By Zachary Fagenson
MIAMI, Sept 21 (Reuters) - A South Florida woman pleaded guilty in a West Palm Beach federal court on Monday to conspiring to import the drug alpha-PVP, also known as "flakka," part of a major law enforcement crackdown against mail-order synthetic drugs from China.
Jamie Nicole Lewis, 22, faces up to 20 years in prison and a $1 million fine at a December sentencing.
She and co-defendant Kevin Raphael Bully, who has pleaded not guilty to a four-count indictment, were in April among the first alleged flakka dealers arrested in Florida.
The drug, nicknamed "$5 insanity," is said to give users who overdose a sense of superhuman strength and powerful hallucinations.
Flakka, which has also shown up in Ohio, Houston and Chicago, has made its biggest impact in South Florida, police say.
Agents from the Drug Enforcement Administration (DEA) apprehended the pair following a tip from London about multiple packages intercepted from a Chinese chemical company en route to South Florida.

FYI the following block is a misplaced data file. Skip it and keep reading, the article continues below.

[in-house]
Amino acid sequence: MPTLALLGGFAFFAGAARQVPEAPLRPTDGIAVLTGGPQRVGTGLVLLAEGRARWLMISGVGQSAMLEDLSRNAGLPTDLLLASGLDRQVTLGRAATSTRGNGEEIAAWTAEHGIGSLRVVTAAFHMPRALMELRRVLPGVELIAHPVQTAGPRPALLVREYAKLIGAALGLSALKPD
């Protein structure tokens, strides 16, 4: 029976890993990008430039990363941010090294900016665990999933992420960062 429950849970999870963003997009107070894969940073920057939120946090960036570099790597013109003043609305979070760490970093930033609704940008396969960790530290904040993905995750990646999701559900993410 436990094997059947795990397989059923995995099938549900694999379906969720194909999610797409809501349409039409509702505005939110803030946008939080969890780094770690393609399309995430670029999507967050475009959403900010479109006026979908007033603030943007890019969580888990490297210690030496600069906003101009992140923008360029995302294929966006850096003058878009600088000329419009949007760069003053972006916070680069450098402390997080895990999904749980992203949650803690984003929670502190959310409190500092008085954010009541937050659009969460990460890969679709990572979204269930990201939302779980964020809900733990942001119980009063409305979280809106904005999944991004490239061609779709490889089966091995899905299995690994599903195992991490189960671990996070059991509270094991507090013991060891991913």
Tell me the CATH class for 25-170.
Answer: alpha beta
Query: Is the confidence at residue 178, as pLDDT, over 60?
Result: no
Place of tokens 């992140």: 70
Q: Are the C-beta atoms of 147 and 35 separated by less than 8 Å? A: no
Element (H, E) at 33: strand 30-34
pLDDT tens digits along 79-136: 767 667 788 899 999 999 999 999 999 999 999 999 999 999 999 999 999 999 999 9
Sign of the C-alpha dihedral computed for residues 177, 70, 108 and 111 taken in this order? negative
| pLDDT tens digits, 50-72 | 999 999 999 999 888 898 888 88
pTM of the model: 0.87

Bully was arrested with three cellphones, $60,000 and 28383-15-5(HCL)
an empty shipping bag from the company, according to a DEA agent's affidavit.
There were 44 flakka-related deaths in the last 12 months, according to the Broward County medical examiner's office. The Broward Sheriff's Office has handled 792 cases involving flakka this year.
What concerns officials most is how easily and cheaply dealers obtain synthetic drugs. One kg (2.2 pounds) of flakka, worth $50,000 on the street, can be bought online for as little as $1,500, drug experts say.
Law enforcement agencies face further obstacles because flakka and drugs like it are not illegal in China. Manufacturers there typically classify them as "research chemicals" and offer discreet delivery.
A 26-year-old former Florida International University student now in federal prison said he was able to make $30,000 a week selling a similar drug called methylone, according to the Miami Herald.
He spent the money on Rolex watches, a four-bedroom townhouse and an orange Lamborghini. The Italian sports car eventually became his undoing when law enforcement was able to track him through its registration, according to the Herald. (Reporting by Zachary Fagenson; Editing by David Adams and Eric Beech)